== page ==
It’s become a jumble of shopping holidays: Black Friday rolls into Small Business Saturday, which then after a one-day break becomes Cyber Monday.
Each of these retail events once had a separate purpose and personality – they even competed against one another for customers. Now, retail experts say, consumers and retailers have combined these shopping days into one grand spending spree.
But surveys show that consumers continue to enjoy these mega sales and got out into the stores during Black Friday 2018, giving retailers hope that the upcoming shopping season will be profitable. The International Council of Shopping Centers (ICSC) reported that an estimated 151 million people visited a mall or shopping center over the “Black Friday” weekend. ICSC found that 49 percent of shoppers spent more than in 2017, and 30 percent spent the same as last year.
Gift-buying claimed the largest share of this spending, with shoppers spending an average of $227.70 on Thanksgiving and Black Friday. The shopping was not expected to stop on Black Friday, as adults surveyed planned to spend $189.90 on the Saturday and Sunday after the big day.
“Black Friday kicked the holiday shopping season into high gear, driven by positive consumer sentiment and great deals from retailers,” Tom McGee, President and CEO of the International Council of Shopping Centers said in a statement. “More shoppers visited their local mall or shopping center this year than last year, proving again that this holiday season is going to be strong and that consumers want to spend money on gifts for family and friends.”
Also, ShopperTrak released preliminary shopper visit data for brick-and-mortar retail stores and shopping centers on Thanksgiving Day and Black Friday. It found that shopper visits resulted in only a combined 1 percent decline for the two-day period compared to last year, with a 1.7 percent decline in traffic on Black Friday versus 2017.
“The fact that the combined shopper visits remained almost the same this year compared to the last three years proves that the notion of Black Friday not being popular anymore is a myth,” Brian Field, senior director of global retail consulting for ShopperTrak said in a statement. “Shopping in physical stores during the holidays continues to be an exciting annual event for consumers and based on the Black Friday traffic data, retailers are in for a successful holiday season.”
Turkey then shopping
The National Retail Federation along with Prosper Insights & Analytics predicted 164 million people would go shopping from Thanksgiving Day through Cyber Monday. Those surveyed said that Black Friday is their favorite day to go out to stores, hitting the sales in brick-and-mortar locations from Thanksgiving night through Small Business Saturday. Cyber Monday then gives these same shoppers a chance to do some online saving, offering bargain pricing on websites from Amazon to Meijer to Zulily.
“Whether it’s heading to the stores after finishing their turkey or going online on Cyber Monday, consumers will be shopping all weekend and retailers will be ready to meet the demand,” said Matthew Shay, president and CEO of the National Retail Federation, a trade group. “Retail is a vibrant, dynamic and competitive industry, but one thing is certain – consumers are the winners no matter which day or which way they shop.”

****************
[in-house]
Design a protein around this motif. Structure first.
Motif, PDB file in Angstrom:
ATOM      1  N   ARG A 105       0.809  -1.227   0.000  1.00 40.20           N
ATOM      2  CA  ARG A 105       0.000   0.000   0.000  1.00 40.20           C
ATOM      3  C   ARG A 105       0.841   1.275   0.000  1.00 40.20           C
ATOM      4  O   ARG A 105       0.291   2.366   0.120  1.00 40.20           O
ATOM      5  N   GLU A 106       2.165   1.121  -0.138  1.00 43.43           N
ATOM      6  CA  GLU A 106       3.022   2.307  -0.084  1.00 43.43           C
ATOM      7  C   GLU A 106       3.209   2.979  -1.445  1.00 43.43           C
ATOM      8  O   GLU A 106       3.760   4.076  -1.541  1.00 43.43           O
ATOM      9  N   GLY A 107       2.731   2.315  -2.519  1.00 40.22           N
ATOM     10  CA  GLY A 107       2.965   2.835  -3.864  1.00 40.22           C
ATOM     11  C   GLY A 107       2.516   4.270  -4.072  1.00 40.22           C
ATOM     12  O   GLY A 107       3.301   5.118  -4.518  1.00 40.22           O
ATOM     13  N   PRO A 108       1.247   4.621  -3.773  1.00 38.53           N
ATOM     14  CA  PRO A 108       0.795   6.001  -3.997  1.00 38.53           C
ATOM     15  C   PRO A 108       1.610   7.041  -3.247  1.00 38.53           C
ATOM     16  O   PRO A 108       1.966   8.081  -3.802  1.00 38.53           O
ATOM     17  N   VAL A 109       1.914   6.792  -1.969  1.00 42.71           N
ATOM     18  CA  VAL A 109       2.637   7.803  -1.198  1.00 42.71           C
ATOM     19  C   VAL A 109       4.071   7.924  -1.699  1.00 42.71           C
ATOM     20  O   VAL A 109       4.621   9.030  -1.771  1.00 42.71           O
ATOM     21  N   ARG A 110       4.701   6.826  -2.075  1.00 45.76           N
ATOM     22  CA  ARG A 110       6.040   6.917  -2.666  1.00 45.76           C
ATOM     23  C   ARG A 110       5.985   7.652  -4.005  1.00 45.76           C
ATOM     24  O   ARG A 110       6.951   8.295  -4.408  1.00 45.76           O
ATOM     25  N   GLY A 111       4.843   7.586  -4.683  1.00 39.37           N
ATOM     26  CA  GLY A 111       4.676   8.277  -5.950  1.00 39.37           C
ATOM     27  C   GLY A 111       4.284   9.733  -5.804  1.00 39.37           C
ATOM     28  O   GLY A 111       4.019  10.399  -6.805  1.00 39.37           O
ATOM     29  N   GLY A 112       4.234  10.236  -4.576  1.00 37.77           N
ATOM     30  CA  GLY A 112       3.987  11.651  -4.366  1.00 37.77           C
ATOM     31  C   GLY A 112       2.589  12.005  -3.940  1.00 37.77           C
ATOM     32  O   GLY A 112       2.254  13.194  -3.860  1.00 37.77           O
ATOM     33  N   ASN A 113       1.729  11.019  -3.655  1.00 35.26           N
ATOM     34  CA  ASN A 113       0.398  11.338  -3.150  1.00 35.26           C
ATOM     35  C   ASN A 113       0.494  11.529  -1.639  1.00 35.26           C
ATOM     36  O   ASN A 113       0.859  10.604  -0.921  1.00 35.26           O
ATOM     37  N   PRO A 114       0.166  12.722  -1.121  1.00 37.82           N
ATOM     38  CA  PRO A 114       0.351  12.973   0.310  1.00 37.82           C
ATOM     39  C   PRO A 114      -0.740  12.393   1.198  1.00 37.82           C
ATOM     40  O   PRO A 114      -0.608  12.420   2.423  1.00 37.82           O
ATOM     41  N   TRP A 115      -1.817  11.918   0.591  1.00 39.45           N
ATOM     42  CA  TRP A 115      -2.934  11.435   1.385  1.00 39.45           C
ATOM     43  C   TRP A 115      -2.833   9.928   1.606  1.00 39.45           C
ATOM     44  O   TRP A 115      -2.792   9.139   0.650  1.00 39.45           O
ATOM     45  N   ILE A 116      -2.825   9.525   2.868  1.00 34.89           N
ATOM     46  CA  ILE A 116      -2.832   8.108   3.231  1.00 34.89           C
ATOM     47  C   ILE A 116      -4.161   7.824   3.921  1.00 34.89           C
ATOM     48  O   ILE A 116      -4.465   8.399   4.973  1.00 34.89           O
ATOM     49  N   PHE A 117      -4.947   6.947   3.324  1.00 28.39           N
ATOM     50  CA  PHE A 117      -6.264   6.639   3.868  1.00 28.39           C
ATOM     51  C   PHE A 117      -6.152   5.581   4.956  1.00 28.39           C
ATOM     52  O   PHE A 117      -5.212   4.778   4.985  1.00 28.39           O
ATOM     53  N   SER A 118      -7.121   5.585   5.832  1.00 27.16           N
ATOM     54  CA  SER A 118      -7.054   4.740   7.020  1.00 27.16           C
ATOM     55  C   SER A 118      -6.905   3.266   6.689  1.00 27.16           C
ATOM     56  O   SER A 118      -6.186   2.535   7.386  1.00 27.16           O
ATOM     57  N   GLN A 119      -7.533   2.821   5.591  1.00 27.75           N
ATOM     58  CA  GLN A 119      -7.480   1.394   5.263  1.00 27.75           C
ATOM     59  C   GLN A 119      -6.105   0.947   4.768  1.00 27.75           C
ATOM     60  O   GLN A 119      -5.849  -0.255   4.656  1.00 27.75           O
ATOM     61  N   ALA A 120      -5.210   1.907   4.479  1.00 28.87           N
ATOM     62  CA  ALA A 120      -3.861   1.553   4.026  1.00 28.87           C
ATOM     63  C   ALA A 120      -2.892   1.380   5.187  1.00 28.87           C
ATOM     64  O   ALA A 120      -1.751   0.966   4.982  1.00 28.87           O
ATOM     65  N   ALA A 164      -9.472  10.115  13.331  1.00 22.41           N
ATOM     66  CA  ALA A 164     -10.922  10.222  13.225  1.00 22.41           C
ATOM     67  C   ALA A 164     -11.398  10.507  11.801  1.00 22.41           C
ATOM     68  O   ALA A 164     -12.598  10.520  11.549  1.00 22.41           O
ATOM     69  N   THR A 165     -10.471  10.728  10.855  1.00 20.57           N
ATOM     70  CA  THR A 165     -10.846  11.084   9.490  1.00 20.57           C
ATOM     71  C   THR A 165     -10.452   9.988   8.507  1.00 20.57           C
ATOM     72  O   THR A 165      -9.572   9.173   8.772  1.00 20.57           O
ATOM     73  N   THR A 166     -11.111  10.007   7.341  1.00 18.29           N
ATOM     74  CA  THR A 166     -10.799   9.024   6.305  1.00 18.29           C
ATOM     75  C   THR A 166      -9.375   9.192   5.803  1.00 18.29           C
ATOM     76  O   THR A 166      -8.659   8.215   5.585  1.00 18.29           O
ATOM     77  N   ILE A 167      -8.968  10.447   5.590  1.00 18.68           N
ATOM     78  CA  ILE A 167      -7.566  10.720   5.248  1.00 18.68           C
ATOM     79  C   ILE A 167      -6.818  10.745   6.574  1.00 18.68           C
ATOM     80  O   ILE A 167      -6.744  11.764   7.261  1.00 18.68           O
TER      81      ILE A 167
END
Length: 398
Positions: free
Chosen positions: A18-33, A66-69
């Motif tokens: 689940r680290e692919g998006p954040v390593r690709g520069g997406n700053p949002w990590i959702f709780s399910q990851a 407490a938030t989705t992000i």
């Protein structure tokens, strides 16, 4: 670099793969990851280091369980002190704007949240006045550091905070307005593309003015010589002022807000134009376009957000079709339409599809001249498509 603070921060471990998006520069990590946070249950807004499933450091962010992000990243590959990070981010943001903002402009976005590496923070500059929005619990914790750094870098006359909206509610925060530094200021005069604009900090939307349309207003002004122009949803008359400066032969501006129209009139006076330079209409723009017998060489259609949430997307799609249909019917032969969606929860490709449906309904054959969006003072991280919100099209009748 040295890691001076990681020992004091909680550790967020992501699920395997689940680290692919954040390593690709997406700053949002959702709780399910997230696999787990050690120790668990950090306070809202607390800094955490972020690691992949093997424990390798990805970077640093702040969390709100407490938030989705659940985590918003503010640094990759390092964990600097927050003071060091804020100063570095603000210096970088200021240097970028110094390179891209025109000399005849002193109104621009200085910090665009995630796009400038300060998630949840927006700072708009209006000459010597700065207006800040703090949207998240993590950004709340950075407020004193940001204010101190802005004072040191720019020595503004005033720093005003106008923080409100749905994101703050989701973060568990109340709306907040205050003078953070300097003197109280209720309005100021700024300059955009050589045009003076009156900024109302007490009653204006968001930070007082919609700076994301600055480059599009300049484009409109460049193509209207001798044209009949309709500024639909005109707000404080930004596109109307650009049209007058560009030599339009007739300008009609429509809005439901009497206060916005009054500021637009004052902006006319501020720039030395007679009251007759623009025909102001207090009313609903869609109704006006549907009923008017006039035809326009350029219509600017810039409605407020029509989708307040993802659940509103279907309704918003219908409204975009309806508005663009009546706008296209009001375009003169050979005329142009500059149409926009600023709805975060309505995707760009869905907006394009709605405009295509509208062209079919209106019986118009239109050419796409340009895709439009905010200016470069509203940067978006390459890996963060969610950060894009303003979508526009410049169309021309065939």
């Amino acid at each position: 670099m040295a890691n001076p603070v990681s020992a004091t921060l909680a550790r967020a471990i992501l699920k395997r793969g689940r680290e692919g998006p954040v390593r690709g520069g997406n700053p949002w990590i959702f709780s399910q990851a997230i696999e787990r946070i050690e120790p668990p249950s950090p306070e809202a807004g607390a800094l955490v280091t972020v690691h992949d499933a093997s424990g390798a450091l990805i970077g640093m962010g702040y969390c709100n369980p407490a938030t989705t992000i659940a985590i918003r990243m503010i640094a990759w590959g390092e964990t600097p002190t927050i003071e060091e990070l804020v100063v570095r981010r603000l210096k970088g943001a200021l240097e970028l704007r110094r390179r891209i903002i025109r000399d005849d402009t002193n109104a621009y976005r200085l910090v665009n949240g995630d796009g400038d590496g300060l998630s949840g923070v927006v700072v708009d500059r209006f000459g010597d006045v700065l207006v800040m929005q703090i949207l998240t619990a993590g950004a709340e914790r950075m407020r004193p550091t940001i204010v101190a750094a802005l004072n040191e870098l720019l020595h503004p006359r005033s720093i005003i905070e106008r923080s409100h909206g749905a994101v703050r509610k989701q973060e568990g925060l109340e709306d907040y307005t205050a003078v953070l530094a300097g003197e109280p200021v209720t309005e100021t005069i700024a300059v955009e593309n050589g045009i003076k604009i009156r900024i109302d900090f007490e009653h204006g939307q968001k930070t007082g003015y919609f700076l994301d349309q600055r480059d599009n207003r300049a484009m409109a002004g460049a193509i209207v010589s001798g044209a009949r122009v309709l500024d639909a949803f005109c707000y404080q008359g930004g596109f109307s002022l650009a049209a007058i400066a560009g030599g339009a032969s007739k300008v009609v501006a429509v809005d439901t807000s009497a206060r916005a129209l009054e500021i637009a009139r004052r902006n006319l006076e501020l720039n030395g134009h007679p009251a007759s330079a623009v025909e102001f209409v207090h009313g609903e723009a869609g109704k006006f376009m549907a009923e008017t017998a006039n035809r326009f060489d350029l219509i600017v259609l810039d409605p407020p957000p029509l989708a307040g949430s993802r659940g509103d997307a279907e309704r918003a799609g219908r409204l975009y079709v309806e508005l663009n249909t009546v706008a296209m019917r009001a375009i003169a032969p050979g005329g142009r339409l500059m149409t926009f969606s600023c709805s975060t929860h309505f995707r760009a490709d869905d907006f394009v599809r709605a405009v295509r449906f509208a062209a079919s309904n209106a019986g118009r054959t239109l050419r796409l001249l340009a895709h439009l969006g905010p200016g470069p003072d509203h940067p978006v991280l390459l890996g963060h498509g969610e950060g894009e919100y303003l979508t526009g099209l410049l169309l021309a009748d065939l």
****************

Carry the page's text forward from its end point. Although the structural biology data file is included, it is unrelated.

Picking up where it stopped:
Stores are unveiling new merchandise, boosting their marketing and taking to social media to advertise their specials. There’s the soft opening of Shinola’s new retail space in the soon-to-open Shinola Hotel on Black Friday, which is sure to draw customers to see the brand-new space. The location—Shinola’s fourth location in the metro Detroit area—encompasses 1,600 square feet at 1420 Woodward Ave. It will feature the brand’s full lineup of modern goods, as well as items soon to be enjoyed by guests at the new Shinola Hotel, slated to open in December.
Small Business Saturday, which debuted in 2010 as an initiative by American Express as a day to show support for local small businesses, has become popular in its own right.
Consumers now have a “defined opportunity” to enjoy strolling down their town’s Main Street one day after the hustle bustle of Black Friday, said Charlie Owens, state director of the National Federation of Independent Business in Michigan.
“There are many benefits to shopping at small businesses all over our state on this special day,” Owens said. “Small stores carry unusual gifts you might not find at a chain store, and many are running specials on Small Business Saturday. A business owner will offer great personal service because they want return customers.”
But some pessimistic retail observers wonder if the blurring of timing as to when these sales start – some advertising had Black Friday sales starting as early as the second week of November – will water down how much actual shopping will take place on the weekend versus spread out through November and December.
Of those shopping this year, officials with the National Retail Federation said 65 percent of those surveyed noted they are doing so to take advantage of deals and promotions retailers will offer, while 26 percent cited the tradition of shopping over Thanksgiving weekend and 23 percent said it is something to do over the holiday weekend and the same number said it is when they start their holiday shopping.
Last year, retailers raked in $7.9 billion on Black Friday, up 18 percent year-over-year. Sixty-six million people shopped online and an estimated 77 million consumers did their buying in-store.
Though more people shopped in-store and online on Black Friday 2017, Cyber Monday continues to beat Black Friday’s online sales. Last year, 81 million consumers shopped on Cyber Monday, bringing in $6.59 billion for retailers. With a year-over-year increase of nearly 17 percent, that event set an all-time record of the most ever spent on the digital holiday.